Other changes to sexuality
You may notice other changes that affect your sexuality and how you express intimacy.
Learn more about:
Loss of libido
Reduced interest in sex (low libido) is common during cancer treatment. While anxiety and fatigue can affect libido, it can also be affected by androgen deprivation therapy (ADT), which lowers testosterone levels, and by the sexual side effects associated with radiation therapy or surgery. Sex drive usually returns when treatment ends, but sometimes changes in libido are ongoing. Learn tips for managing changes in your sex life.
After surgery, you will feel the muscular spasms and pleasure of an orgasm, but you won’t ejaculate semen when you orgasm. This is known as a dry orgasm. A dry orgasm happens because the prostate and seminal vesicles that produce semen are removed during surgery, and the tubes from the testicles (vas deferens) are sealed.
Radiation therapy may also affect how much sperm you make, but this is often temporary. While you may worry that a dry orgasm will be less pleasurable for your partner, most partners say they don’t feel the release of semen during intercourse.
Leaking urine during sex
A radical prostatectomy can weaken the sphincter muscle that controls the flow of urine. This may cause a small amount of urine to leak during intercourse and orgasm. You may find leaking urine during sex embarrassing, but there are ways to manage this. Before sex, empty your bladder (urinate). Consider having sex in the shower, or use a condom or a constriction ring (available from sex shops) at the base of the penis to prevent leakage. Speak with your doctor if you are still concerned.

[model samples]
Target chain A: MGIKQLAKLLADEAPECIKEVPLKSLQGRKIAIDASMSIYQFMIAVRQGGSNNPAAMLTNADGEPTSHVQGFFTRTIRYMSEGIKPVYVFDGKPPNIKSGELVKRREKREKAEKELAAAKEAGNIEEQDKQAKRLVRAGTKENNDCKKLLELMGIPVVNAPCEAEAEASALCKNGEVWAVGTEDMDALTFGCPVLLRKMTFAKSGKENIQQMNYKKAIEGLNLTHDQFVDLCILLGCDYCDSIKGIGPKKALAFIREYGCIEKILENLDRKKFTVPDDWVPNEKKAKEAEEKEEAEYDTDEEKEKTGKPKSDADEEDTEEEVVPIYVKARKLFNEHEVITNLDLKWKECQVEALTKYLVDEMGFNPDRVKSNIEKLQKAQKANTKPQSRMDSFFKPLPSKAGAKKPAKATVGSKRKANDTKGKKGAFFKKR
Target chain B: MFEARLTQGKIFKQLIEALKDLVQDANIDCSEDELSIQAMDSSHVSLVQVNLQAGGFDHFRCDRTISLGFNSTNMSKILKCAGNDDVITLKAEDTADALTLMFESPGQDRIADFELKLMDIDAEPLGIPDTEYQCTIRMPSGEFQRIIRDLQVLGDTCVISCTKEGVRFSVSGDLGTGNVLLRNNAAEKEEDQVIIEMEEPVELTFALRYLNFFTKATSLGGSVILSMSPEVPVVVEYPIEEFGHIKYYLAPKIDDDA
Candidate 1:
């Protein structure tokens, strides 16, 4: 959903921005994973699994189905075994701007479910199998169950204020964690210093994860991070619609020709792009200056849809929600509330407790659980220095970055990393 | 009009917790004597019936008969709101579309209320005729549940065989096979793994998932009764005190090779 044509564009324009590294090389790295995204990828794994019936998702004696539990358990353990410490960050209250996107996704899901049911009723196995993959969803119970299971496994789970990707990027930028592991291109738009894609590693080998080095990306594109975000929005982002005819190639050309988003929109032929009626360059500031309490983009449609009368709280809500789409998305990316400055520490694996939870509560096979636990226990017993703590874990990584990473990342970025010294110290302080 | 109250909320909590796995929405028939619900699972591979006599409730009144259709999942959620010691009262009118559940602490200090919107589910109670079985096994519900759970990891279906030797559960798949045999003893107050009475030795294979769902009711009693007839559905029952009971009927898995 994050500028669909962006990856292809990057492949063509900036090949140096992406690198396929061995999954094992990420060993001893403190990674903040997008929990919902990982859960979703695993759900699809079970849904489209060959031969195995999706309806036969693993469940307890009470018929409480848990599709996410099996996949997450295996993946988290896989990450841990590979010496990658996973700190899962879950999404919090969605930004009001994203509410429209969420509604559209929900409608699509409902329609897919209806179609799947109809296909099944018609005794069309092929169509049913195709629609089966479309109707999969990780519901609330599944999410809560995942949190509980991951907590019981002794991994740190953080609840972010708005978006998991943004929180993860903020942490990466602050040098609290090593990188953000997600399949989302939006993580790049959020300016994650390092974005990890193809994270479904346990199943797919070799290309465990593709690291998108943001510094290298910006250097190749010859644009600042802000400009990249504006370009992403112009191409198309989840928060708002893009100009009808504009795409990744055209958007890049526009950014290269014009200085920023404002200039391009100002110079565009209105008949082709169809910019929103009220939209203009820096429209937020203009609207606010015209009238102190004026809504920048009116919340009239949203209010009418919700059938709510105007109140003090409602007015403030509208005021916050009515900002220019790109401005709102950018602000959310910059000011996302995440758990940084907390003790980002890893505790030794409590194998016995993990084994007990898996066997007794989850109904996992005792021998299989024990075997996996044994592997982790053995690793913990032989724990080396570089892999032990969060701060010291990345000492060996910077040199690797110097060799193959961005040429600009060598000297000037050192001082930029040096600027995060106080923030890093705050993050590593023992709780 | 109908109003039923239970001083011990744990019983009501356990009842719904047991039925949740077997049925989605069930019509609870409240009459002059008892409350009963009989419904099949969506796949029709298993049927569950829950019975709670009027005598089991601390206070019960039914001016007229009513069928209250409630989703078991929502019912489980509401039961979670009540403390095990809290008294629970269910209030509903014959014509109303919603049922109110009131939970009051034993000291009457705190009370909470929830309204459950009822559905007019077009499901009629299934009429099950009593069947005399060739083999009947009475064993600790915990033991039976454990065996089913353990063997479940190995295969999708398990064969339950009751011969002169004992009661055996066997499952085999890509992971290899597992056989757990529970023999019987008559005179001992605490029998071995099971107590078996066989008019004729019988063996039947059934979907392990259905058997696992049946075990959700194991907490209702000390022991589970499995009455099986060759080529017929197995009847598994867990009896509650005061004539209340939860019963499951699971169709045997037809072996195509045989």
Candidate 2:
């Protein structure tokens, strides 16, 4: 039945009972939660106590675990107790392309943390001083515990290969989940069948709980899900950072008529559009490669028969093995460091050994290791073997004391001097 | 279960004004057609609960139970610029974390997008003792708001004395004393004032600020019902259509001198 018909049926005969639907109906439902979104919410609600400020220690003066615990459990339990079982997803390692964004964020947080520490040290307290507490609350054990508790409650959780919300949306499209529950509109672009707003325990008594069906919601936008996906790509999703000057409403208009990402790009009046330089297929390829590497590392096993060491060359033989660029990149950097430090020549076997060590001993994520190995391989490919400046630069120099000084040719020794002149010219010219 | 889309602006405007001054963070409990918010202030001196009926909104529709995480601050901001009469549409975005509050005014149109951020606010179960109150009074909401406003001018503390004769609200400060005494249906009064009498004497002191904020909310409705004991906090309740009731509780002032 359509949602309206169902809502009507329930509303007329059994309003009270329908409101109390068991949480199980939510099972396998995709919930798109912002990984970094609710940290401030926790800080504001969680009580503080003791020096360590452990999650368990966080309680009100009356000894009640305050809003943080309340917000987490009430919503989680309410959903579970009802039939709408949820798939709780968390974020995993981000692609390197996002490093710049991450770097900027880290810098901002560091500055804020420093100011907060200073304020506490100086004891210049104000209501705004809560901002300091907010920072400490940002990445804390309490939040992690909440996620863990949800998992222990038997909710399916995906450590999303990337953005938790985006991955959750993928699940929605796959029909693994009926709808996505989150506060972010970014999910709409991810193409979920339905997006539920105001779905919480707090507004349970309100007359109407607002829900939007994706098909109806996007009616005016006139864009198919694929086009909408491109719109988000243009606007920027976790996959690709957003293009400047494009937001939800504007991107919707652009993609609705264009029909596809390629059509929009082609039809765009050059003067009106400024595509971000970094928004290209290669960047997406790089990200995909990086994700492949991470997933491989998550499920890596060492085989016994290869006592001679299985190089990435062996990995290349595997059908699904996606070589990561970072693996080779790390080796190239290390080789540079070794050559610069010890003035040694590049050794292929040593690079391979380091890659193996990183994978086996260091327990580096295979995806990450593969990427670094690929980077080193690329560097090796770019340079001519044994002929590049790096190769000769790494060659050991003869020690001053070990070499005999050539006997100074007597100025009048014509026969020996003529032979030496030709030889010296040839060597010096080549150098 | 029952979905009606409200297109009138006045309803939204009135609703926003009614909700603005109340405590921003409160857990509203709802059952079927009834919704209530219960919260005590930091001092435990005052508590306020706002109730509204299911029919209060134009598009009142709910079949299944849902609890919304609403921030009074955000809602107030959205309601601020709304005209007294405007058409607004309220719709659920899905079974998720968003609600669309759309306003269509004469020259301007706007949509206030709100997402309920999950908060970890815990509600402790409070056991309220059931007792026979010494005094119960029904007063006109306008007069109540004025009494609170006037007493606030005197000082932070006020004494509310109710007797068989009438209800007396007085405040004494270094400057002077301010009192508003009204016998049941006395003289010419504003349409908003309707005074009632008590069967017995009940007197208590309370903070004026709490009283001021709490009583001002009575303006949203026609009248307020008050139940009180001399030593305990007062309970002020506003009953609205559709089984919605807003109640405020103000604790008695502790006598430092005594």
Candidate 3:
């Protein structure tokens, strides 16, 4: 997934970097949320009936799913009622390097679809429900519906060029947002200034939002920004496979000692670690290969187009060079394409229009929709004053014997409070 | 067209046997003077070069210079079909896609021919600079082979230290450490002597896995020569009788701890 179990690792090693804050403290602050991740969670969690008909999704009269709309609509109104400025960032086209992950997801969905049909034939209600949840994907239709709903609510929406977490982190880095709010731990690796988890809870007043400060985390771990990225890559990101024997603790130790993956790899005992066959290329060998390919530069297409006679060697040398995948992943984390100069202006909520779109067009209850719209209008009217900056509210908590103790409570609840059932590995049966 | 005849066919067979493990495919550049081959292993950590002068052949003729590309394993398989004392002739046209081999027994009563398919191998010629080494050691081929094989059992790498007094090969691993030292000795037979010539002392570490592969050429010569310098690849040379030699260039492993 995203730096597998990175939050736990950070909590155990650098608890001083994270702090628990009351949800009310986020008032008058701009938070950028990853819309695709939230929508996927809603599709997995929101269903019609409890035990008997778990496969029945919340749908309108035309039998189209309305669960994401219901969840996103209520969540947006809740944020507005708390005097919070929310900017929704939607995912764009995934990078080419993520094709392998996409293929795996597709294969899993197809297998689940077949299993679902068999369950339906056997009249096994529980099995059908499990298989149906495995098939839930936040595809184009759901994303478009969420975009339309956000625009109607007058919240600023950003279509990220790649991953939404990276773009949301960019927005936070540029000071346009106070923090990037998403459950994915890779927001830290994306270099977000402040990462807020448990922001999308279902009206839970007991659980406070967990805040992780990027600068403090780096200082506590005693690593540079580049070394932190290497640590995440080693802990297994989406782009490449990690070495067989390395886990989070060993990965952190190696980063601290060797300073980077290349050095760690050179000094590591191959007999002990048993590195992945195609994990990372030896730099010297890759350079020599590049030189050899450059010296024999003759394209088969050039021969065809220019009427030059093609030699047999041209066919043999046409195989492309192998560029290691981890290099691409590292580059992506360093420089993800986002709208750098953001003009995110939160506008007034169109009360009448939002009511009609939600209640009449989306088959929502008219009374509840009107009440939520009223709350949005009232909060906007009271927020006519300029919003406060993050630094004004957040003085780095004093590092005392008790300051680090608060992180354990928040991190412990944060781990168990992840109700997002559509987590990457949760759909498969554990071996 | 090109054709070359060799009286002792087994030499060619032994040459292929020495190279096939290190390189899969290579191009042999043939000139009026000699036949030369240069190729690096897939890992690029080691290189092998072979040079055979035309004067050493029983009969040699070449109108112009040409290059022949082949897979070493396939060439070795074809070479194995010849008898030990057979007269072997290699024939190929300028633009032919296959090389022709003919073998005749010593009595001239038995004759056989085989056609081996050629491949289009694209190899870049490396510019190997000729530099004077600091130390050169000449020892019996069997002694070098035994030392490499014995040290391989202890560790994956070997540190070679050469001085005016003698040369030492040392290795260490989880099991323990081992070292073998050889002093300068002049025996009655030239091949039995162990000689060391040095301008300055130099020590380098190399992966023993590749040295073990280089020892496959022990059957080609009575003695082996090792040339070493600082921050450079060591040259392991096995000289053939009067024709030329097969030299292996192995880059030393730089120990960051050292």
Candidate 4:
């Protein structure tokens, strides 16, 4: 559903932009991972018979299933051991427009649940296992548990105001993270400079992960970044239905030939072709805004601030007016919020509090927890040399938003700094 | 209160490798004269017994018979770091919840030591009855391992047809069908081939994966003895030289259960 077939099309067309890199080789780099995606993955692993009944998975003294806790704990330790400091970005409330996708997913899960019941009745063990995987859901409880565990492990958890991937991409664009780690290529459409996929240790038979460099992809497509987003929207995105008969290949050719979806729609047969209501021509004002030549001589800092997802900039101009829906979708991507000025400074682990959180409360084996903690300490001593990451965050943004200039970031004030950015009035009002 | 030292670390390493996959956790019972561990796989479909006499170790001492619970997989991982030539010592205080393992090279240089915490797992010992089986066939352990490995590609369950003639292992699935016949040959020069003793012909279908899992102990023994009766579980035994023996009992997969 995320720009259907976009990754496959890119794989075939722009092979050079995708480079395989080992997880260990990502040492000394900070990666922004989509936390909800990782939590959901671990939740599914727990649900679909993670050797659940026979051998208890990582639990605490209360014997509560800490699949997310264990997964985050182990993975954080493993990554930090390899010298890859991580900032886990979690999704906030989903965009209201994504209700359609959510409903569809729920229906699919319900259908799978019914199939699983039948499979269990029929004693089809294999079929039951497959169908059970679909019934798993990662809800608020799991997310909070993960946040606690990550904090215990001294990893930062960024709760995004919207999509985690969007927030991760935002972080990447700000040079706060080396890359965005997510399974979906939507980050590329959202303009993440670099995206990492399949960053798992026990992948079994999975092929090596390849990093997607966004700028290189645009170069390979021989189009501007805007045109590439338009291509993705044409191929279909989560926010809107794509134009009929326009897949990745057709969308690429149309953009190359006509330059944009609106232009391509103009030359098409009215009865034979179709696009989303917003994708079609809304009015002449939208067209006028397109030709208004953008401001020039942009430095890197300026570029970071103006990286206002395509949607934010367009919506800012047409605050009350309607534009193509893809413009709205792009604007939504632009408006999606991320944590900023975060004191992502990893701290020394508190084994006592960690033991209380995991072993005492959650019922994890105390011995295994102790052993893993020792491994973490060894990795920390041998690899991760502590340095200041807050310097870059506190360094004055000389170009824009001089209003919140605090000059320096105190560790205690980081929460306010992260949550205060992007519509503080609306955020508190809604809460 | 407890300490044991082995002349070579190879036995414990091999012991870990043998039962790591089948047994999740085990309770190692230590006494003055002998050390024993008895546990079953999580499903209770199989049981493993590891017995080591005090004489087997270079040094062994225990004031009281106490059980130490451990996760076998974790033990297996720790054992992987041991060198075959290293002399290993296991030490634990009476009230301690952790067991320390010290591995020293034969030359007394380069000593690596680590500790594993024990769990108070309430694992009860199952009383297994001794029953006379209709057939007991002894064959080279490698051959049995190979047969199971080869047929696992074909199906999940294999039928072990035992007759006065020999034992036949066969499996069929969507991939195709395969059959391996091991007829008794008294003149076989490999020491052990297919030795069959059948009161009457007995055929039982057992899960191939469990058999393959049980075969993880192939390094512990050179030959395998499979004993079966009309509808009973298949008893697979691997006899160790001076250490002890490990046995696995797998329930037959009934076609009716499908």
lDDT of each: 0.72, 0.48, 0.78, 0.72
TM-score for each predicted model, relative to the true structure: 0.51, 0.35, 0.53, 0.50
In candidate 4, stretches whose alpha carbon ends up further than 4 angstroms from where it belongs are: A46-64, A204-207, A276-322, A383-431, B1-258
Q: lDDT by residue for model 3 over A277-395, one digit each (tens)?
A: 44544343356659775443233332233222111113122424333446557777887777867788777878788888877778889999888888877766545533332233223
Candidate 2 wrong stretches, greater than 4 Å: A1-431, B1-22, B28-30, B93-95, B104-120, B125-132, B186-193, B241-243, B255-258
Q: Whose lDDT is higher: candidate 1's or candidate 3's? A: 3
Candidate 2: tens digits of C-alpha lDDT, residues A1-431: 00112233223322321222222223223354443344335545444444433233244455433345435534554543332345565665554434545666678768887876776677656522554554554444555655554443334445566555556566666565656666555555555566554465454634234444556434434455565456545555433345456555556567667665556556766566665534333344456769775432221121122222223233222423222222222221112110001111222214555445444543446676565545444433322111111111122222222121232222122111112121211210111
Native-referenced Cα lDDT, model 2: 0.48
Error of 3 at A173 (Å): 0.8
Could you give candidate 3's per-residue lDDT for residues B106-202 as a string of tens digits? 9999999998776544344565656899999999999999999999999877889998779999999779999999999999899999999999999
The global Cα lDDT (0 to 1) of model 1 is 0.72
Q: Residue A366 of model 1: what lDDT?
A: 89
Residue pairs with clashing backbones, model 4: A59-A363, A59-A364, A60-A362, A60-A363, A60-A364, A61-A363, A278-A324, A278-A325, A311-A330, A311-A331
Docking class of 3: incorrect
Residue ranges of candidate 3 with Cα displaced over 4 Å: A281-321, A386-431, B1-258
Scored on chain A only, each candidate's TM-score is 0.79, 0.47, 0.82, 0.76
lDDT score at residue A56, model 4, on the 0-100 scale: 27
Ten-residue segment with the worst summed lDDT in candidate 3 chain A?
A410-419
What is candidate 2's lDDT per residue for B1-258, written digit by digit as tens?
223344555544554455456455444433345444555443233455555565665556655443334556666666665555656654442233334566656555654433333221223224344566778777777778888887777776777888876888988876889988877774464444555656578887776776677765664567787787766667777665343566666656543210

Podcast: Sex and Cancer
A/Prof Ian Vela, Urologic Oncologist, Princess Alexandra Hospital, Queensland University of Technology, and Urocology, QLD; A/Prof Arun Azad, Medical Oncologist, Urological Cancers, Peter MacCallum Cancer Centre, VIC; A/Prof Nicholas Brook, Consultant Urological Surgeon, Royal Adelaide Hospital and A/Prof Surgery, The University of Adelaide, SA; Peter Greaves, Consumer; Graham Henry, Consumer; Clin Prof Nat Lenzo, Nuclear Physician and Specialist in Internal Medicine, Group Clinical Director, GenesisCare Theranostics, and Notre Dame University Australia, WA; Henry McGregor, Men’s Health Physiotherapist, Adelaide Men’s Health Physio, SA; Jessica Medd, Senior Clinical Psychologist, Department of Urology, Concord Repatriation General Hospital, NSW; Dr Tom Shakespeare, Director, Radiation Oncology, Coffs Harbour, Port Macquarie and Lismore Public Hospitals, NSW; A/Prof David Smith, Senior Research Fellow, Daffodil Centre, Cancer Council NSW; Allison Turner, Prostate Cancer Specialist Nurse (PCFA), Canberra Region Cancer Centre, Canberra Hospital, ACT; Maria Veale, 13 11 20 Consultant, Cancer Council QLD; Michael Walkden, Consumer; Prof Scott Williams, Radiation Oncology Lead, Urology Tumour Stream, Peter MacCallum Cancer Centre, and Professor of Oncology, Sir Peter MacCallum Department of Oncology, The University of Melbourne, VIC.
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